Trojans narrowly defeat Cougs

Despite two late opportunities, WSU falls to No. 20 USC at home



The WSU basketball team celebrates a basket near the end of a tight college basketball game against the University of California at Beasley Coliseum, Saturday, Dec. 4, 2021, in Pullman, Wash.

TOM ABBOTT, Evergreen sports editor

The Cougar men’s basketball team (6-2) came up just short against No. 20 USC (8-0) on Saturday, losing the evenly matched game 63-61.

The Cougs were up 61-60 with just 35 seconds left on the clock. WSU’s TJ Bamba put the Cougs in the lead with a clutch three-point shot. 

“I was just juiced up, you know, it was a big play,” Bamba said. “During that time of the game, we were going back and forth and we just needed a big play on offense and a big play on defense. I provided that play on offense.”

WSU forward Mouhamed Gueye (35) dunks the ball during a college basketball game against the University of Southern California at Beasley Coliseum, Saturday in Pullman.

USC answered right back with a made jump shot from Chevez Goodwin to take back the lead, 62-61. With six seconds left on the clock, WSU looked to Noah Williams to close out the game. In his last two opportunities, Williams went 0-2. 

USC maintained their lead with a made free-throw from Goodwin. The Trojans went on to win 63-61 due to Goodwin’s ability to perform under pressure.

“He’s made a lot of big ones like in the Stanford game at home and just wasn’t fortunate tonight to get that one to drop,” WSU head coach Kyle Smith said about Williams’ final shots.

Williams finished the game with 12 points but struggled to capitalize on his shot opportunities. Overall, Williams went 4-14 from the court and turned the ball over three times.

The Trojans were the first nationally-ranked opponent this year to play WSU. The Cougars showed they were up to the challenge by taking smart shots and playing lockdown defense. 

So far this season, USC runs their offense mainly through close-range shot opportunities and continued that trend against the Cougs. The Trojans shot 50 percent from the court to take the win away from the Cougars. On the other side of the court, WSU shot a measly 38 percent from the court.

Because of USC’s pressure close to the basket, the Cougs opted for three-point shots more than in previous games this season. From behind the arc, WSU went 8-20 which helped maintain a close game.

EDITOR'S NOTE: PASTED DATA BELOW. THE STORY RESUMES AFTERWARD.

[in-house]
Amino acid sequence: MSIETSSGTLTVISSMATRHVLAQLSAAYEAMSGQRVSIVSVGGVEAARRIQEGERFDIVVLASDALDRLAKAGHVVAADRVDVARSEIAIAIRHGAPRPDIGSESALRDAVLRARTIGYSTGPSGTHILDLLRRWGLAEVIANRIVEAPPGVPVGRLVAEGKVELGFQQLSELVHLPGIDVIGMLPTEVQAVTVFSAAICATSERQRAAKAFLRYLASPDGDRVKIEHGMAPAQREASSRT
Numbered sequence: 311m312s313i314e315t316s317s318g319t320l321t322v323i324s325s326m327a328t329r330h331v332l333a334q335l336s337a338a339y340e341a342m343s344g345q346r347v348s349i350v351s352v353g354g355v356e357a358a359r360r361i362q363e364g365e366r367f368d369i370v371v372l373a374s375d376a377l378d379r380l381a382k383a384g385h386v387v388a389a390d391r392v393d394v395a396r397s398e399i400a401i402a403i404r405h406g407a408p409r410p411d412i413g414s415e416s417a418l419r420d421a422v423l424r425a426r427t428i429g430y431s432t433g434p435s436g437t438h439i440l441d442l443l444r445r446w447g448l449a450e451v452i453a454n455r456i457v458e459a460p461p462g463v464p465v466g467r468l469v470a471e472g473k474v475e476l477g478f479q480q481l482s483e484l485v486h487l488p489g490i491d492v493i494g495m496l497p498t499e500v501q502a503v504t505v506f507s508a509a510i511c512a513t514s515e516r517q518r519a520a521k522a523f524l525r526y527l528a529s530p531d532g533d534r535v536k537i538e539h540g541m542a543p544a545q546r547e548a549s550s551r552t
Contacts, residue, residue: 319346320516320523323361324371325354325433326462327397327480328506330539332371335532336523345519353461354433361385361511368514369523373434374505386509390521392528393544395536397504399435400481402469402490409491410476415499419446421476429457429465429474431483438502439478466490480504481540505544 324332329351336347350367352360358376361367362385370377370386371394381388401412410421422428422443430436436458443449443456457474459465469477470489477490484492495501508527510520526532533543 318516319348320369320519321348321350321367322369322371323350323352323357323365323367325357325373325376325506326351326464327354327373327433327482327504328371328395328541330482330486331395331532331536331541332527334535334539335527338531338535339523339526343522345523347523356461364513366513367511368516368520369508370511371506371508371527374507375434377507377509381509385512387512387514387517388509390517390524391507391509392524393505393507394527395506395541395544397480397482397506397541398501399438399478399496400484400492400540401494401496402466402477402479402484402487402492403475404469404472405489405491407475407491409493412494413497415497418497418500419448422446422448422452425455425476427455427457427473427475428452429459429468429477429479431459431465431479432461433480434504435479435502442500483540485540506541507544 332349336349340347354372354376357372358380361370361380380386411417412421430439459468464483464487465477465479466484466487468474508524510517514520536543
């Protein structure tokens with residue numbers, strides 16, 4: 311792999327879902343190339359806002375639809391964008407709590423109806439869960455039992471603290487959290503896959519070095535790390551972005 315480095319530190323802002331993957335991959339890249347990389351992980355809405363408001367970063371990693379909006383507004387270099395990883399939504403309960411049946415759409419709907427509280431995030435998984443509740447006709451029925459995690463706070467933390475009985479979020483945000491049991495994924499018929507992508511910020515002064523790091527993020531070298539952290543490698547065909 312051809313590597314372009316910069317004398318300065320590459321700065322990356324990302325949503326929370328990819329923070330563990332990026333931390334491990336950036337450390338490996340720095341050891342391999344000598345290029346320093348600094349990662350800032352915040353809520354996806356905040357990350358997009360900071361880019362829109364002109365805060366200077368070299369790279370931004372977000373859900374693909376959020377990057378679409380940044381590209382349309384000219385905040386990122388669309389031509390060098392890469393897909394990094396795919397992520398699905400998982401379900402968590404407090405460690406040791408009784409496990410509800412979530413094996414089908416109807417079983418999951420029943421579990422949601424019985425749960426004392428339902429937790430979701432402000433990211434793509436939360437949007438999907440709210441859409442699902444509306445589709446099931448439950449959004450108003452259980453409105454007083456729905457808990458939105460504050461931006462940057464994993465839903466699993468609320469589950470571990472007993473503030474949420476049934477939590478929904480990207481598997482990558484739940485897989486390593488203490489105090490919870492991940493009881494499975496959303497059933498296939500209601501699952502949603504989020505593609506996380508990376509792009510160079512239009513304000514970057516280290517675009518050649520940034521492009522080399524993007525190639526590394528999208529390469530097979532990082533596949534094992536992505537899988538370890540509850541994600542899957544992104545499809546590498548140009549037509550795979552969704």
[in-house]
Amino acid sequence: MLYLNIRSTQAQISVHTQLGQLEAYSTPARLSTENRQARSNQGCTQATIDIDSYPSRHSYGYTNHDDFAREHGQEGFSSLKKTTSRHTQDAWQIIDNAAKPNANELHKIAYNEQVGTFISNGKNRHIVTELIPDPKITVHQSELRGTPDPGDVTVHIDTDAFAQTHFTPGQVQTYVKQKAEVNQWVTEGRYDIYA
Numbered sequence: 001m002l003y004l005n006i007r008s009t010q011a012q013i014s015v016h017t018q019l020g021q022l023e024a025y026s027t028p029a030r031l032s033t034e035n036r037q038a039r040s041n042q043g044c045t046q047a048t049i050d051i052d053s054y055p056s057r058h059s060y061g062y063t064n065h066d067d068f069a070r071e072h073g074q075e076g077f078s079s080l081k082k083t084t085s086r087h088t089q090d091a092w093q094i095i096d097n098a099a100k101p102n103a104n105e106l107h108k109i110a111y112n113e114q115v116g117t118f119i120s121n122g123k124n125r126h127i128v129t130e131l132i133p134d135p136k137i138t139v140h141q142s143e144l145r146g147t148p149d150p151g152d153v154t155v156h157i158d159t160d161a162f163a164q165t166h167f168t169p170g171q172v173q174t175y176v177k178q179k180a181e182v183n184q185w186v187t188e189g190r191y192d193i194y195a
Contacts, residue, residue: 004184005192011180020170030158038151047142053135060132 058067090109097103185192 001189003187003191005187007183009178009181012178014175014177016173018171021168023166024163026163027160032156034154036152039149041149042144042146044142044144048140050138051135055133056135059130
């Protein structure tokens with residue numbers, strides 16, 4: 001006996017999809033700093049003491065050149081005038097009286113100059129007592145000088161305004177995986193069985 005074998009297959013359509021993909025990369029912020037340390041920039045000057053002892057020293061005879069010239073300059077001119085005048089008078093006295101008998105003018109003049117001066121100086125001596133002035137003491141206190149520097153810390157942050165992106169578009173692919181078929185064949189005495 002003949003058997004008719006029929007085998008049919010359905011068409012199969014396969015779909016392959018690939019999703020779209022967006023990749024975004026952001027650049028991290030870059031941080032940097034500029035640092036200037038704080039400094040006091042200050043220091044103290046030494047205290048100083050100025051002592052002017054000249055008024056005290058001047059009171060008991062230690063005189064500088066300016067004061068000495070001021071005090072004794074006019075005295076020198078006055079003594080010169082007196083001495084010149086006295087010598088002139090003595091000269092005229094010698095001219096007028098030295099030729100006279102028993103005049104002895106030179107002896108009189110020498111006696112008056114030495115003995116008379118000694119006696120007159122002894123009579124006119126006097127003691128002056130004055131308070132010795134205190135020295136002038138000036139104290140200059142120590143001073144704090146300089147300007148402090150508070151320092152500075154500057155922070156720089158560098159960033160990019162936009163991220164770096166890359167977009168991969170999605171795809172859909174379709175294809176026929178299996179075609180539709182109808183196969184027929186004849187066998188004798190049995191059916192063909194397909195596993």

WSU guard Myles Rice consoles teammate Noah Williams (24) after losing to the University of Southern California 61-63 at Beasley Coliseum, Saturday in Pullman.

Michael Flowers showed up in a big way from three-point range, responsible for three made threes in five attempts. Flowers’ highlight of the game came about half way through the second half. Flowers was positioned just behind the free-throw line and used his quick handles to shake off a USC defender. Flowers took the opportunity to try a step-back three and swished the ball through the net. Flowers finished the game with 13 points, leading the team.

Goodwin and Drew Peterson led the Trojans’ offense, putting up 14 points and 13 points respectively. Goodwin led the offense inside the paint, responsible for six made buckets and three offensive rebounds. Peterson followed suit with five baskets from two-point range and two offensive rebounds.

Defense was the name of the game as both teams forced the other to take poor shots. Overall, USC went 2-12 from three-point range due to the pressure put on by WSU guards on the perimeter. WSU shot better from distance but struggled inside due to USC’s close-and-personal style of defense. 

Multiple players for WSU played with heart in front of a packed home crowd in Beasley Coliseum. The players showed their willingness to compete by jumping on loose balls and not being afraid to force charge penalties.

WSU guard Noah Williams (24) dribbles the ball toward the basket during a college basketball game against the University of Southern California at Beasley Coliseum, Saturday in Pullman.

One of the players who showed their grit was Bamba. He has been a consistent defensive asset for the Cougs so far this season and Saturday’s game was no exception. At one point, Bamba chose to stand in front of a quickly approaching Trojan forward to force a charge and did so, falling to the court as the USC player drove towards the basket. Bamba ended the game going 3-3 from three-point range, but ran into foul trouble which prevented him from playing aggressive defense late in the game.

“He had a really, really big-time game I felt,” Smith said. “It was good to see him compete out there.”

WSU (6-2) returns to non-conference play this week, hosting Weber State (8-0) at 7 p.m. on Wednesday in Beasley Coliseum.